APEC Inquiry

Posted on

In November 1997, the leaders of the eighteen Asia-Pacific Economic Cooperation (“APEC”)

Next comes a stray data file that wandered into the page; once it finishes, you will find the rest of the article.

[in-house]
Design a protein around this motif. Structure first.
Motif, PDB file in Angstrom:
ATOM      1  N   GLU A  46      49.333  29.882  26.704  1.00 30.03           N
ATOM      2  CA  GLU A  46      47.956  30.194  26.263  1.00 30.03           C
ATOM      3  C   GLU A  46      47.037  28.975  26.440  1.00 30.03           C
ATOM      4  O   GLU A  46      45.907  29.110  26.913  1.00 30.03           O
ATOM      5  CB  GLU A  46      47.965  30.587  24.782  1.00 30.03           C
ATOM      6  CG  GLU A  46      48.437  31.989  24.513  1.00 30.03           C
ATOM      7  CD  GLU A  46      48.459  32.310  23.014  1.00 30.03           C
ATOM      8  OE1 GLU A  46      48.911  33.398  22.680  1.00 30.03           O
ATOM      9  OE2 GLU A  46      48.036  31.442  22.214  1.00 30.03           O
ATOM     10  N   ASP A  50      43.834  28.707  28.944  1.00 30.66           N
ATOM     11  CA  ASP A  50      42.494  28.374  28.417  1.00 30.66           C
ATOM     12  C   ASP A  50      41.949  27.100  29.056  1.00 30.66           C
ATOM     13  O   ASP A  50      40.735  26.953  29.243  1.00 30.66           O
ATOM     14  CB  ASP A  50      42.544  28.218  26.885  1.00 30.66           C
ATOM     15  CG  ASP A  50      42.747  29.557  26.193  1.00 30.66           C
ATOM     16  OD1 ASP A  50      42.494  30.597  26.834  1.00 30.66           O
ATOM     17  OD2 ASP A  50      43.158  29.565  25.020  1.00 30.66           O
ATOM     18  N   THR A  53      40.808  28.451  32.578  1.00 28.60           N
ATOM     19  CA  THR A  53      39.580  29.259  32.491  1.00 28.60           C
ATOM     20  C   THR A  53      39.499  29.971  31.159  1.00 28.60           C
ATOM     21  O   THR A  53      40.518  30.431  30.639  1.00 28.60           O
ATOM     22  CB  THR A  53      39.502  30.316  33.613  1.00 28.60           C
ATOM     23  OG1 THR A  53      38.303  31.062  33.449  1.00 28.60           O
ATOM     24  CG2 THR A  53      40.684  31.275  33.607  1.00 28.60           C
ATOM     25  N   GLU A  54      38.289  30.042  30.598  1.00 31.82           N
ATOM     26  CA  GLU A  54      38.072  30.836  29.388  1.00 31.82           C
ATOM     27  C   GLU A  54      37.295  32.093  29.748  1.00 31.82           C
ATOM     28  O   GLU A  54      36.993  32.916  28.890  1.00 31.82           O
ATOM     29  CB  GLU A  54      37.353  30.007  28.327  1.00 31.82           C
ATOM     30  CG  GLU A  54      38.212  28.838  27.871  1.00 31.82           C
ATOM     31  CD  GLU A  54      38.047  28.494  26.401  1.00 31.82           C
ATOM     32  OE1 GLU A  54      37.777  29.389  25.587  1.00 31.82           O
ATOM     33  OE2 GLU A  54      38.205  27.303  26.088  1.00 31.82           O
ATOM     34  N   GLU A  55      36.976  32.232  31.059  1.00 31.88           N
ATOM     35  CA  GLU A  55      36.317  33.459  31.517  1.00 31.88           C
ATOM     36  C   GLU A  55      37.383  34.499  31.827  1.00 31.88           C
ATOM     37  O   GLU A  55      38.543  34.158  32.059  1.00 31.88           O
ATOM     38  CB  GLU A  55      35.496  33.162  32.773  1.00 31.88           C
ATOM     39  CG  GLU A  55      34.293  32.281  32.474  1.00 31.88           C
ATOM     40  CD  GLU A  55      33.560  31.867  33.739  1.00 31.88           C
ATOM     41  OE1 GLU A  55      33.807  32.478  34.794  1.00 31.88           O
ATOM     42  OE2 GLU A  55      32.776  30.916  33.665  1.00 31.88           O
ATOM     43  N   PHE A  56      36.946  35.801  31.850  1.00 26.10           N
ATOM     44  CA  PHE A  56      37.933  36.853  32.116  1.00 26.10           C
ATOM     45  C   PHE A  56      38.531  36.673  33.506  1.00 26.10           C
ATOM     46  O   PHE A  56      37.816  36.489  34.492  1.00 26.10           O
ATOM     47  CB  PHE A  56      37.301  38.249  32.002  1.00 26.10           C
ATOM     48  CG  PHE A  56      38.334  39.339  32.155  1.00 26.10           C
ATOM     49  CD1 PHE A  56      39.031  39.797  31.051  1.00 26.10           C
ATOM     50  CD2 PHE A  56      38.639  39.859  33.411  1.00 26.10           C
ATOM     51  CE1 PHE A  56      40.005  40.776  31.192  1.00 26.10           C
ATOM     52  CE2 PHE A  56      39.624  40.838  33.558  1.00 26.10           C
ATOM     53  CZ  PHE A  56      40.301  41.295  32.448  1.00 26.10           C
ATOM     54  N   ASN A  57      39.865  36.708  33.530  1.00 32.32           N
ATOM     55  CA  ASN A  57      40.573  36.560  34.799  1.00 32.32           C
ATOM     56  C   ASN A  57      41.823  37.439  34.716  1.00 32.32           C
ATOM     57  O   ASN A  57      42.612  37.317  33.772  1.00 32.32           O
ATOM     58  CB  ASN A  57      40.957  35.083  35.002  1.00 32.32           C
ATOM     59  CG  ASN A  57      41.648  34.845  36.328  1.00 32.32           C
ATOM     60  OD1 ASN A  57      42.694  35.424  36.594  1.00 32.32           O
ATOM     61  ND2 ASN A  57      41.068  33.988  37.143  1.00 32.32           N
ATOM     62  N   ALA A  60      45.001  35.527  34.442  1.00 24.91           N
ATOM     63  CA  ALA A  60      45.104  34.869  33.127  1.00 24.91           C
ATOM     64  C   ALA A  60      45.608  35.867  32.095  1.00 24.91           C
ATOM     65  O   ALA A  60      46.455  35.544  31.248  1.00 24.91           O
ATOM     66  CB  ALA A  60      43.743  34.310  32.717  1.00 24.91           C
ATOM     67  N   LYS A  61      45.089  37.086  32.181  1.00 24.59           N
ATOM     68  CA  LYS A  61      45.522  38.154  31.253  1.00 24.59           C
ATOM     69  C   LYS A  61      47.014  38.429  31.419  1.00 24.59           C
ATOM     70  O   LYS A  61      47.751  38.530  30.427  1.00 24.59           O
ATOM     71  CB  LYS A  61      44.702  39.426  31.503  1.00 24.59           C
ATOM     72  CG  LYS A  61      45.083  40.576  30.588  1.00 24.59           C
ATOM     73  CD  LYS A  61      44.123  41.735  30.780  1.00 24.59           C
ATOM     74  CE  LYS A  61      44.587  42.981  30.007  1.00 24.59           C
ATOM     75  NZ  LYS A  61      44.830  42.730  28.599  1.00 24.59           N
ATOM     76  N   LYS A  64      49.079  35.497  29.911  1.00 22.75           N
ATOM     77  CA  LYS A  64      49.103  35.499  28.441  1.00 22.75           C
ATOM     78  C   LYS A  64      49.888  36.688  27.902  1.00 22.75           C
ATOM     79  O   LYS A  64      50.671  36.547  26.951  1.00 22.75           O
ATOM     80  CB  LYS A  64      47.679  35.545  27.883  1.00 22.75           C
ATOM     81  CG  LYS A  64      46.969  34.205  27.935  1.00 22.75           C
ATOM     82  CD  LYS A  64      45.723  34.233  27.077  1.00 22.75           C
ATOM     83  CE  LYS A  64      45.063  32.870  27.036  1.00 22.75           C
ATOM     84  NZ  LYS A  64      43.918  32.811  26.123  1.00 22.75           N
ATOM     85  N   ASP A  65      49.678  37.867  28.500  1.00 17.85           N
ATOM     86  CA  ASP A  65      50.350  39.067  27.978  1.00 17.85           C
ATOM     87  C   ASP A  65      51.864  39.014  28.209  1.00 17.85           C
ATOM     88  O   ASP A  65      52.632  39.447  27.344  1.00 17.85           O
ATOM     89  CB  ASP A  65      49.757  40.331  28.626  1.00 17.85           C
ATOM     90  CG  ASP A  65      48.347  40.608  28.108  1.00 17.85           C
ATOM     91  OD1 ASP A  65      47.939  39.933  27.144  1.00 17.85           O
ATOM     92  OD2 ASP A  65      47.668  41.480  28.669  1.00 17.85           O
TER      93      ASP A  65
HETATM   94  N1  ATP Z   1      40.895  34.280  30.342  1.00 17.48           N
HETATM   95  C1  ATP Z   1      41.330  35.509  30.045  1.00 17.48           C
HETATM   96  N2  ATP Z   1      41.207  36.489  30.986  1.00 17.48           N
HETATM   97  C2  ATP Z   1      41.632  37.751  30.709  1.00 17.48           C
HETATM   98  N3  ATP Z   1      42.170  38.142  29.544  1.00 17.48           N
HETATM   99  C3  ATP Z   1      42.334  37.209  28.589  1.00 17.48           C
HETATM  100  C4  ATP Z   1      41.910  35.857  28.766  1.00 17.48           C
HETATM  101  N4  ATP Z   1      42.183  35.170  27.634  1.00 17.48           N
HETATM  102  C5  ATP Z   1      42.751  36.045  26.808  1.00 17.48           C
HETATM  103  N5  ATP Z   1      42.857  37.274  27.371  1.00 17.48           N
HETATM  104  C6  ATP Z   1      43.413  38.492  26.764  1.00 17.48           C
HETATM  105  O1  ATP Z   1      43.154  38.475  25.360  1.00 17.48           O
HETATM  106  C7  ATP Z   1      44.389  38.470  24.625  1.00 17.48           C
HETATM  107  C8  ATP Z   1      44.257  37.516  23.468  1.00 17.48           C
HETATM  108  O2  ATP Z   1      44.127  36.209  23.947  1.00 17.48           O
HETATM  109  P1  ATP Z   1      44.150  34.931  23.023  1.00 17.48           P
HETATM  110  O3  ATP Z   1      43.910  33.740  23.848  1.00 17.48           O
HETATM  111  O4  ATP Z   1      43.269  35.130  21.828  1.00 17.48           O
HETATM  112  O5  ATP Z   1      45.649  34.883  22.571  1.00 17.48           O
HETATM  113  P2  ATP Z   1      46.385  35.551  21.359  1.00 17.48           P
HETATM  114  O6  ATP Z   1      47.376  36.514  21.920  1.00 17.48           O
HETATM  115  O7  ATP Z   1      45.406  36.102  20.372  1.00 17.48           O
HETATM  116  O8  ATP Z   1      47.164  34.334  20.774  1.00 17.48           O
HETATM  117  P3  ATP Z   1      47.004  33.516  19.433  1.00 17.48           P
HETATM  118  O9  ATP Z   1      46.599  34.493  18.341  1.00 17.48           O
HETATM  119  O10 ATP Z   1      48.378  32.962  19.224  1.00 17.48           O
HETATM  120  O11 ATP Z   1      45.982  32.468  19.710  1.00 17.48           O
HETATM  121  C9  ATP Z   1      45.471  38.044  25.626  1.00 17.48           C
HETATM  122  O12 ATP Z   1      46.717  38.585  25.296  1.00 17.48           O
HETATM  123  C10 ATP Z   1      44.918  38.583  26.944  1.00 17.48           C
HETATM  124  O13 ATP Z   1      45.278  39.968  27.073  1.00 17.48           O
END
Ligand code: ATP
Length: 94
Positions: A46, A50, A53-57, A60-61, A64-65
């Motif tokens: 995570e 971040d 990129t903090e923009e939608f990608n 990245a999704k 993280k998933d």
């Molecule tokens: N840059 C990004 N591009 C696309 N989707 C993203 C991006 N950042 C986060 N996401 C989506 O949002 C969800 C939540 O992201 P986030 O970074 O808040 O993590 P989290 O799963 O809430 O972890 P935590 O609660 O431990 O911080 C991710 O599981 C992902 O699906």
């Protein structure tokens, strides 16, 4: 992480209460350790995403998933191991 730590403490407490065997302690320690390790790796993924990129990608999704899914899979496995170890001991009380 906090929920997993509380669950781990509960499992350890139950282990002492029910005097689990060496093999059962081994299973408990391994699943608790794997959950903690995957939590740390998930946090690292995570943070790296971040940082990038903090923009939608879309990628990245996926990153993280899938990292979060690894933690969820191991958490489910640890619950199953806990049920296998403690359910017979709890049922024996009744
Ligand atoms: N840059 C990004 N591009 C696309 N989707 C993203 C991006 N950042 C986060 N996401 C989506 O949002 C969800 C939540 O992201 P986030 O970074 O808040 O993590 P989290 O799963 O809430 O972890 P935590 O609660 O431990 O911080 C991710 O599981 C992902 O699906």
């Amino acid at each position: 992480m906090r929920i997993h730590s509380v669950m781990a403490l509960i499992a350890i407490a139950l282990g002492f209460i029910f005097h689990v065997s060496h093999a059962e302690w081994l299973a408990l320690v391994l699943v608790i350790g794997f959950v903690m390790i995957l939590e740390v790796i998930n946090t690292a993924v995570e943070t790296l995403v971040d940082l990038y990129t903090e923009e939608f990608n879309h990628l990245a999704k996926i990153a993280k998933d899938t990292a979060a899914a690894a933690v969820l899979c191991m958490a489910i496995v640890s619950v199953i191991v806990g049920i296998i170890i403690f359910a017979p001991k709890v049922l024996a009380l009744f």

economies met in Vancouver. On November 25, 1997, those individuals convened on the campus of the University of British Columbia (“UBC”). Security for their meeting was provided, in part, by the Royal Canadian Mounted Police (“RCMP”). In addition to the legitimate performance of their security function, some members of the RCMP engaged in actions that were not legitimate and in some cases not lawful. Those actions included assaults, threats of assault, arrests without warrant or Criminal Code authority, arrests for improper purposes, unlawful confiscation of property, unjustified surveillance, unlawful confinement, confinement without adequate food or warmth, verbal abuse, defamation, and deceit. Those actions deprived members of the public of rights guaranteed to them under the Canadian Charter of Rights and Freedoms (the “Charter”), including their right to freedom of expression pursuant to s. 2(b), their right to liberty under s. 7, and their right to freedom of peaceful assembly under s. 2(c). Those Charter violations were, in part, attributable to the intervention by central agencies of the Government of Canada – particularly the Prime Minister’s Office (“PMO”) – in the planning and operations of the RCMP.